History Files
 

Please help the History Files

Contributed: 175

Target: 400

2023
Totals slider
2023

The History Files still needs your help. As a non-profit site, it is only able to support such a vast and ever-growing collection of information with your help, and this year your help is needed more than ever. Please make a donation so that we can continue to provide highly detailed historical research on a fully secure site. Your help really is appreciated.

European Kingdoms

Early Cultures

 

Golasecca Culture (Bronze Age / Iron Age) (Italy)
c.1100 / 800 - 300 BC

Located across Early Italy's northern sub-Alpine plain, the Golasecca culture is the archaeological expression of pre-Roman cultural superiority in the region. It was here that the Euganei, Raeti, and Ligurian identity of the early Roman empire period was actually forged, while the second phase of the culture reveals the Celtic domination of the region.

To the north, across the Italian Alps, this culture bordered the Hallstatt, while to the east was the Atestine culture of the Adriatic Veneti. In full, the culture encompassed western Lombardy, eastern Piedmont, the Ticino Valley, and Misox, everything between the Alpine watershed to the River Po.

Many hundreds of sites have been found to add detail to this culture, which emerged out of the preceding Canegrate culture rather than the north Italian Terramare. It was influenced by the Urnfield culture and, before that, the Bell Beaker culture. The earliest phases were late Bronze Age from about 1100 BC: the Protogolasecca I and II or Ascona phases, and then the Protogolasecca III or Ca' Morta-Malpensa phase. Cultural aspects were largely uniform across the entire region.

During the Italian Iron Age's Golasecca I to II phases (and more sub-phases from about 800 BC onwards), a gradual differentiation emerged in the seventh century BC between a western area (arguably linked to Ligurians), an eastern area (arguably linked to Etruscans), and an Alpine area (arguably linked to the Raeti and Euganei).

The Golasecca II phase coincided with the earliest advent of Celtic arrivals in the region, after they had broken through the barrier which was formed by the western Alps. Golasecca III witnessed the powerful rise of Celtic domination and the increasing marginalisation of the native inhabitants between about 500-350 BC.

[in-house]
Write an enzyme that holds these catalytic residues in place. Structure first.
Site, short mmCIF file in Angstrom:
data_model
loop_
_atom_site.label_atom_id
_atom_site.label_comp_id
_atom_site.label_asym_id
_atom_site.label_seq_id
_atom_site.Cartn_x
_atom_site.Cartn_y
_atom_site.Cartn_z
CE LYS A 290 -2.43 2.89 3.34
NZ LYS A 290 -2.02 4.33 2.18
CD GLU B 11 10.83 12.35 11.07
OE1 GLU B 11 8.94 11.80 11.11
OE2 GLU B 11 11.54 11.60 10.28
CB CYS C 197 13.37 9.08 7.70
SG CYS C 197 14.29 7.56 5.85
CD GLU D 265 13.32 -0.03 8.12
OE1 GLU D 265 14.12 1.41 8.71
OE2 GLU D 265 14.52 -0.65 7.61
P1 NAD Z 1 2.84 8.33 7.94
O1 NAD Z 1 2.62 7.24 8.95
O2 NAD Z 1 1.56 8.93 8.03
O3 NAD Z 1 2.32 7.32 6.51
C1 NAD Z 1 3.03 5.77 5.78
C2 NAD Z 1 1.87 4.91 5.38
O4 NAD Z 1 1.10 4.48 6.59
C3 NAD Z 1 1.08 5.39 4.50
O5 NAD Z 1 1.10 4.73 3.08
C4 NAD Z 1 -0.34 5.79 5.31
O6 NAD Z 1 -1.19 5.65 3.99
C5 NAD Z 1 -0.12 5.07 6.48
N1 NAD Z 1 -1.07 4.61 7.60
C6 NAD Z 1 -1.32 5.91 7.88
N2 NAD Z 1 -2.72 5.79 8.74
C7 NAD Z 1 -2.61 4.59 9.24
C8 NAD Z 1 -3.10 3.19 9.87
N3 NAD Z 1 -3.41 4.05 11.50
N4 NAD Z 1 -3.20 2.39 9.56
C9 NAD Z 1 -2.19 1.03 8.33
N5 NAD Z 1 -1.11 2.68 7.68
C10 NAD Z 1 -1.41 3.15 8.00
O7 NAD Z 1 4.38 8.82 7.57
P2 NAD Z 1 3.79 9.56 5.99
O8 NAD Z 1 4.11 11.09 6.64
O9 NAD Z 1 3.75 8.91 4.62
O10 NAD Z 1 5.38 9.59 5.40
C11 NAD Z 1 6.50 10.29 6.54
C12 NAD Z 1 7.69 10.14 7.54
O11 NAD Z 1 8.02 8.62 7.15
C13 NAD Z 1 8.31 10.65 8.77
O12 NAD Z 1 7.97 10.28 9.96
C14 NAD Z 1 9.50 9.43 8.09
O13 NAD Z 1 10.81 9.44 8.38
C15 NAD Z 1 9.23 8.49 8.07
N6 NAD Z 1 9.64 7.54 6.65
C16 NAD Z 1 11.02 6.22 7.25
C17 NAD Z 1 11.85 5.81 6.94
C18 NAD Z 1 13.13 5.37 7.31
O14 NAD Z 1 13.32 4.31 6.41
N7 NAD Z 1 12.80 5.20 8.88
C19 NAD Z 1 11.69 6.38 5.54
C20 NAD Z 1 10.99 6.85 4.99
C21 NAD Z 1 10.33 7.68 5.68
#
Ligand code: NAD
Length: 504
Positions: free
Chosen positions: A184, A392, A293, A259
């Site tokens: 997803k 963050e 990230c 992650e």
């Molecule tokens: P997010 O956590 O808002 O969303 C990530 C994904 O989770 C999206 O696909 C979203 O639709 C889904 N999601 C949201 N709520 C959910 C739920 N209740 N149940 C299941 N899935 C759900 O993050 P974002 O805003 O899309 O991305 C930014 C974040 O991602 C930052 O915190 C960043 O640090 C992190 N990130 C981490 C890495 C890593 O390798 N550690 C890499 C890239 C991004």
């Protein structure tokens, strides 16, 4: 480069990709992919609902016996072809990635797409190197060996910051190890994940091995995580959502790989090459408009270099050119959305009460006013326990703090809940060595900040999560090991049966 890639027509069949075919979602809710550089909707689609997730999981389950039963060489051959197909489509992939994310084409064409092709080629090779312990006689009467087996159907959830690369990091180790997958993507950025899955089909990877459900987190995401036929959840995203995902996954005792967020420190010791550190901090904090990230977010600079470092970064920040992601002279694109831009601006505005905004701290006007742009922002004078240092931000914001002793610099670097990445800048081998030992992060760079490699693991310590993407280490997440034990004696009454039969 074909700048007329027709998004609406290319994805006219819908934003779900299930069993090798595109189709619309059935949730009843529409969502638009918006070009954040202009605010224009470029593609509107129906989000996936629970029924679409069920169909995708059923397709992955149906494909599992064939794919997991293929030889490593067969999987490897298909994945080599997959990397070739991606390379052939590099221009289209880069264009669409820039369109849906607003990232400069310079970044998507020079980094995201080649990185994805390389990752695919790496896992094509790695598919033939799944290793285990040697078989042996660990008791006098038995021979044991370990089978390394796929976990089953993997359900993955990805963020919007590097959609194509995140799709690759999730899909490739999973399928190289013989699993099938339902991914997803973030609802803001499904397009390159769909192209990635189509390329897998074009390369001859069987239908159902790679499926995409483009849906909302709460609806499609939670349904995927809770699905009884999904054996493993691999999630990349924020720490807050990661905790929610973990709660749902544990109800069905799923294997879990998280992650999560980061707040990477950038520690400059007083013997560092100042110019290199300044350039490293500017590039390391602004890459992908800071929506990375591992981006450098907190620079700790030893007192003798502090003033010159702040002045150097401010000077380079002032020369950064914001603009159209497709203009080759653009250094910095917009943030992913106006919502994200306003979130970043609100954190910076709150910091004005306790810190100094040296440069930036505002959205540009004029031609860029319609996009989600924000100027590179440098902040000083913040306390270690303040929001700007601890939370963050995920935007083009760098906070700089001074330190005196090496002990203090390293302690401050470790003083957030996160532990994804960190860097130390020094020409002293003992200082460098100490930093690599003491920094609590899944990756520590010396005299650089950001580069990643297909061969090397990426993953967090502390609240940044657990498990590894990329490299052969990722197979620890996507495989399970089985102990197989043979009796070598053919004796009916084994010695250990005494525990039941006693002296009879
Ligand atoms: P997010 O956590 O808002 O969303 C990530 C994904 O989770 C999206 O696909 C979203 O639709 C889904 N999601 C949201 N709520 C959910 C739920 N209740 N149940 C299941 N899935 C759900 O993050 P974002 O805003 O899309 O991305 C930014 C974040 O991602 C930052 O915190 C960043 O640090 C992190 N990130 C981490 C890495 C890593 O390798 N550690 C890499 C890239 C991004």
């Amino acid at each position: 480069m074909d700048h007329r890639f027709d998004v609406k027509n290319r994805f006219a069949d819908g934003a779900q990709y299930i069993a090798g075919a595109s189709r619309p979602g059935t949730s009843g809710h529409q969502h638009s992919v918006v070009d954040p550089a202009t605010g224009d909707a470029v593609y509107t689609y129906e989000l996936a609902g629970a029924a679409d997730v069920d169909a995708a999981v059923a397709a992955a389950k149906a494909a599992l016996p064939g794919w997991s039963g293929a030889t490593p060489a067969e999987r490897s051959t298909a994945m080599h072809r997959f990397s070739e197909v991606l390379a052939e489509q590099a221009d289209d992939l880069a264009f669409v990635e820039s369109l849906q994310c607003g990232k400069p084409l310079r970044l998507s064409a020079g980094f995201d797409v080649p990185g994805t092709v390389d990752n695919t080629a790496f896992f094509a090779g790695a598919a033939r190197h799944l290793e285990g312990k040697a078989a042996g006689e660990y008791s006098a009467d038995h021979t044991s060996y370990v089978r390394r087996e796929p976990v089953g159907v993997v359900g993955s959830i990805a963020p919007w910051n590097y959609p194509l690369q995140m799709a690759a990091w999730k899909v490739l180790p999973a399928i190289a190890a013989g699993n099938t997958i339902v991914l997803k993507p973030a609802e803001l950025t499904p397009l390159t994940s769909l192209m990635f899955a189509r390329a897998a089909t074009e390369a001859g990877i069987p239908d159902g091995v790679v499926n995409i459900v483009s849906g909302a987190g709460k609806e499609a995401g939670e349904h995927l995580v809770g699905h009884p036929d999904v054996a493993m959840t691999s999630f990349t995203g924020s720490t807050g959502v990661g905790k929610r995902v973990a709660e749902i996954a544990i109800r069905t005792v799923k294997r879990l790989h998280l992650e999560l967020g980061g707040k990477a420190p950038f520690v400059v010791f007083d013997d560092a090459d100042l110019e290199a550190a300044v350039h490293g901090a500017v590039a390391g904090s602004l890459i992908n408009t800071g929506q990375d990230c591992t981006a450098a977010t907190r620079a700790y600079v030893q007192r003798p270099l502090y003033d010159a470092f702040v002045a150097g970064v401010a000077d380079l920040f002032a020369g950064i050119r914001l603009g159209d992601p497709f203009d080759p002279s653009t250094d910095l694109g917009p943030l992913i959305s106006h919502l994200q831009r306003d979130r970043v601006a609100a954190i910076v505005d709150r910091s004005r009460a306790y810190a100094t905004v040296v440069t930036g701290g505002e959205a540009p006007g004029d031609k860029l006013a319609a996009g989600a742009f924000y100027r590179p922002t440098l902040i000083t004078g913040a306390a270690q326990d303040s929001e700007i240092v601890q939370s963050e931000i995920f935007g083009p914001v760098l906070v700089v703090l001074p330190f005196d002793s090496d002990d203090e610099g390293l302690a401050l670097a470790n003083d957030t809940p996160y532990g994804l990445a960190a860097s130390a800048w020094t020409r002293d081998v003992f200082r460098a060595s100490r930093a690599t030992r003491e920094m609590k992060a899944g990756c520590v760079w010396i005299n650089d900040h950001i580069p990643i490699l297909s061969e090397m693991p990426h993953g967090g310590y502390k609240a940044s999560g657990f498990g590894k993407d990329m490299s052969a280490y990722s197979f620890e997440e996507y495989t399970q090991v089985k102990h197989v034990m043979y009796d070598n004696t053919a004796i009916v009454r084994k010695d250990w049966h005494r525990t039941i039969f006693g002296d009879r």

It was the final great push of Celtic ingress into northern Italy during the later fourth century BC which finally ended the culture. The Ligurians were pinned back to the south by Celtic domination of the north Italian plain, the Etruscans were generally expelled or subjugated, and the Raeti and Lepontii were pinned to the north, the Alpine foothills.

In fact later written evidence shows the Raeti tribes were to be found throughout the Alps and into the northern foothills, having become uncivilised (according to Livy) due to the nature of their country.

Italian countryside

(Information by Peter Kessler, with additional information by Trish Wilson, from Investigating Archaeological Cultures: Material Culture, Variability, and Transmission, Benjamin W Roberts & Marc Vander Linden (Eds), from The Roman History: From Romulus and the Foundation of Rome to the Reign of the Emperor Tiberius, Velleius Paterculus, J C Yardley, & Anthony A Barrett, from An Historical Geography of Europe, Norman J G Pounds (Abridged Version), from Les peuples préromains du Sud-Est de la Gaule: Étude de géographie historique, Guy Barruol (De Boccard, 1999), and from External Links: The framework of the Golasecca culture, Stefania Casini & Marta Rapi (Una), and Indo-European Chronology - Countries and Peoples, and Dictionary of Greek and Roman Geography, William Smith (1854, Perseus Digital Library), and L'Arbre Celtique (The Celtic Tree, in French), and Historisches Lexikon der Schweiz or Dictionnaire Historique de la Suisse or Dizionario Storico dell Svizzera (in German, French, and Italian respectively).)

c.1100 BC

The Golasecca culture succeeds the Canegrate culture (rather than the north Italian Terramare) across the sub-Alpine plain as the local archaeological expression of pre-Roman cultural superiority. It covers the emergence into early history of the Euganei, Raeti, and Ligurian peoples.

Golasecca culture pot, northern Italy